IMMUNITY to Covid-19 may last no longer than a few months, according to recent studies.
Scientists have found that immunity to the virus is waning, and that the amount of patients producing protective antibodies is declining.
Research by Imperial College London estimates that 4.4% of adults had immunity to Covid-19 in September.
This is down from 6% from studies taken in June, and 4.8% from studies taken in August.
Professor Paul Elliott, director of the programme at Imperial, from the school of public health, said: "Our study shows that over time there is reduction in the proportion of people testing positive for antibodies against the virus that causes Covid-19.
"It remains unclear what level of immunity antibodies provide, or for how long this immunity lasts.
"If someone tests positive for antibodies, they still need to follow national guidelines including social distancing measures, getting a swab test if they have symptoms and wearing face coverings where required."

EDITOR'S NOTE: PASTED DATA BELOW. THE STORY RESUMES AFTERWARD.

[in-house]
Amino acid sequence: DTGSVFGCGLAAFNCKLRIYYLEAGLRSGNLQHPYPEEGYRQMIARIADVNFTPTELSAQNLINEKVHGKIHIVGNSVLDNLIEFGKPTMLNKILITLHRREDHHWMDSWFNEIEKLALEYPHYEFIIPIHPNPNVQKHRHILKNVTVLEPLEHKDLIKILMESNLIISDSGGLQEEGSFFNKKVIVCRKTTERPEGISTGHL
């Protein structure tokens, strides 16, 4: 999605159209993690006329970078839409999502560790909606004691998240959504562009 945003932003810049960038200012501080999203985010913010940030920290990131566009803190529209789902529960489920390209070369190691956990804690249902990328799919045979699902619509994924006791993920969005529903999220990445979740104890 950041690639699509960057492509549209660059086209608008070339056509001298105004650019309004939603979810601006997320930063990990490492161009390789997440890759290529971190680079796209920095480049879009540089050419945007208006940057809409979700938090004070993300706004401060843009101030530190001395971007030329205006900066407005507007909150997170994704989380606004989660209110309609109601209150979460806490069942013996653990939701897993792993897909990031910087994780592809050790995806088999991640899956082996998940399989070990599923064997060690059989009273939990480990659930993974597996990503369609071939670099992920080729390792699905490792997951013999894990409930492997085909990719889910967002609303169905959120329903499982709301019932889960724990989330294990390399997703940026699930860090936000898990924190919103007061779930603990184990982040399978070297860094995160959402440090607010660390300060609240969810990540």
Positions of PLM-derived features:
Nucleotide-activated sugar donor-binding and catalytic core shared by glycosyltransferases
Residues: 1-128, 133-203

It appears that the human body may only produce coronavirus antibodies for a set amount of time, meaning that it doesn't develop a permanent resistance to the virus.
Around 365,000 adults took part in the studies, which tested for the prevalence of coronavirus antibodies in patients living in England three times over a three month period.
Antibody levels fell on a average by 26.5% overall over the three months.
Graham Cooke, professor of infectious diseases at Imperial, said: "The big picture here is that after the first wave [of coronavirus], the great majority of the country still did not have evidence of protective immunity.
"So although we are seeing a decline in the proportion of people who are testing positive, we still have a great majority of people who are unlikely to have been exposed.
"So the need for a vaccine is still very large if you want to try and get a large level of protection in the population."